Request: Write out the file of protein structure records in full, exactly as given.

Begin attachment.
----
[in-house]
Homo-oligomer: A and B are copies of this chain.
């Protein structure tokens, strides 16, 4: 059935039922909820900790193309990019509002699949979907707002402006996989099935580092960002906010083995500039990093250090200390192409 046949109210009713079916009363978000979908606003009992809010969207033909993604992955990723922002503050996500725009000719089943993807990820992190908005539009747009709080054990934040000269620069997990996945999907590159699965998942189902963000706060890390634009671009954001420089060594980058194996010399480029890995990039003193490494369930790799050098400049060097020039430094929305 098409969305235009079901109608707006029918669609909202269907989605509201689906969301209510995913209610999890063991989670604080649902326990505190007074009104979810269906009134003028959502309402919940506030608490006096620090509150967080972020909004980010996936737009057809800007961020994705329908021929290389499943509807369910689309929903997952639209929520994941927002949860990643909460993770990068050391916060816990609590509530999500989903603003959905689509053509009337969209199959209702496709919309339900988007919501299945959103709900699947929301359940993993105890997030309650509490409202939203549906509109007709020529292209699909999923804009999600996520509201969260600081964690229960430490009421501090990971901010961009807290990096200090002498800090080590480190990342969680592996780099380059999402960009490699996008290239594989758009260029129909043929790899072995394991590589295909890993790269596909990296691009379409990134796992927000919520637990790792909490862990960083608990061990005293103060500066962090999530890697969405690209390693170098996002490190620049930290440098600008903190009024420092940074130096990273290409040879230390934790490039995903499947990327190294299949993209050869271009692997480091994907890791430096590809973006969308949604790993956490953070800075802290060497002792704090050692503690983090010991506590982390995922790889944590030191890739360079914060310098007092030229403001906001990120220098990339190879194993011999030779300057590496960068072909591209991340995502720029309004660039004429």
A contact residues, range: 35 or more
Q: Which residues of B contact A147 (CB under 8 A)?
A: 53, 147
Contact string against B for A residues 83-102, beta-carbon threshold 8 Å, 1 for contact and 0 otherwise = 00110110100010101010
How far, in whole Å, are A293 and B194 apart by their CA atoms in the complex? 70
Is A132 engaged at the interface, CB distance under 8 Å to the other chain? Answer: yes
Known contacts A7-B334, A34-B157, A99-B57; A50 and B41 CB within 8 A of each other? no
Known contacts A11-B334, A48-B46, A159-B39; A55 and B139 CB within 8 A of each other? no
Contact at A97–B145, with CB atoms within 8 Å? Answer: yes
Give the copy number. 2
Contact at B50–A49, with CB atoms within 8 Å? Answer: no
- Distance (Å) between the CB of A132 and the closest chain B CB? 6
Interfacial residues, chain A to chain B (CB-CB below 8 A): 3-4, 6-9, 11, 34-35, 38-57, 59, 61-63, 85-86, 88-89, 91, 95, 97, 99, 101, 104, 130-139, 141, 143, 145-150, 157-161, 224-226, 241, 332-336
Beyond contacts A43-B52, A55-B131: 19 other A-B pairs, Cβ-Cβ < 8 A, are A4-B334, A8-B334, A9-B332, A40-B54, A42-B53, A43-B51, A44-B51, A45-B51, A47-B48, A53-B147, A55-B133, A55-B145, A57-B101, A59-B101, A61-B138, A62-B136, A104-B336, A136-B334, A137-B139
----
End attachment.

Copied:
[in-house]
Homo-oligomer: A and B are copies of this chain.
């Protein structure tokens, strides 16, 4: 059935039922909820900790193309990019509002699949979907707002402006996989099935580092960002906010083995500039990093250090200390192409 046949109210009713079916009363978000979908606003009992809010969207033909993604992955990723922002503050996500725009000719089943993807990820992190908005539009747009709080054990934040000269620069997990996945999907590159699965998942189902963000706060890390634009671009954001420089060594980058194996010399480029890995990039003193490494369930790799050098400049060097020039430094929305 098409969305235009079901109608707006029918669609909202269907989605509201689906969301209510995913209610999890063991989670604080649902326990505190007074009104979810269906009134003028959502309402919940506030608490006096620090509150967080972020909004980010996936737009057809800007961020994705329908021929290389499943509807369910689309929903997952639209929520994941927002949860990643909460993770990068050391916060816990609590509530999500989903603003959905689509053509009337969209199959209702496709919309339900988007919501299945959103709900699947929301359940993993105890997030309650509490409202939203549906509109007709020529292209699909999923804009999600996520509201969260600081964690229960430490009421501090990971901010961009807290990096200090002498800090080590480190990342969680592996780099380059999402960009490699996008290239594989758009260029129909043929790899072995394991590589295909890993790269596909990296691009379409990134796992927000919520637990790792909490862990960083608990061990005293103060500066962090999530890697969405690209390693170098996002490190620049930290440098600008903190009024420092940074130096990273290409040879230390934790490039995903499947990327190294299949993209050869271009692997480091994907890791430096590809973006969308949604790993956490953070800075802290060497002792704090050692503690983090010991506590982390995922790889944590030191890739360079914060310098007092030229403001906001990120220098990339190879194993011999030779300057590496960068072909591209991340995502720029309004660039004429």
A contact residues, range: 35 or more
Q: Which residues of B contact A147 (CB under 8 A)?
A: 53, 147
Contact string against B for A residues 83-102, beta-carbon threshold 8 Å, 1 for contact and 0 otherwise = 00110110100010101010
How far, in whole Å, are A293 and B194 apart by their CA atoms in the complex? 70
Is A132 engaged at the interface, CB distance under 8 Å to the other chain? Answer: yes
Known contacts A7-B334, A34-B157, A99-B57; A50 and B41 CB within 8 A of each other? no
Known contacts A11-B334, A48-B46, A159-B39; A55 and B139 CB within 8 A of each other? no
Contact at A97–B145, with CB atoms within 8 Å? Answer: yes
Give the copy number. 2
Contact at B50–A49, with CB atoms within 8 Å? Answer: no
- Distance (Å) between the CB of A132 and the closest chain B CB? 6
Interfacial residues, chain A to chain B (CB-CB below 8 A): 3-4, 6-9, 11, 34-35, 38-57, 59, 61-63, 85-86, 88-89, 91, 95, 97, 99, 101, 104, 130-139, 141, 143, 145-150, 157-161, 224-226, 241, 332-336
Beyond contacts A43-B52, A55-B131: 19 other A-B pairs, Cβ-Cβ < 8 A, are A4-B334, A8-B334, A9-B332, A40-B54, A42-B53, A43-B51, A44-B51, A45-B51, A47-B48, A53-B147, A55-B133, A55-B145, A57-B101, A59-B101, A61-B138, A62-B136, A104-B336, A136-B334, A137-B139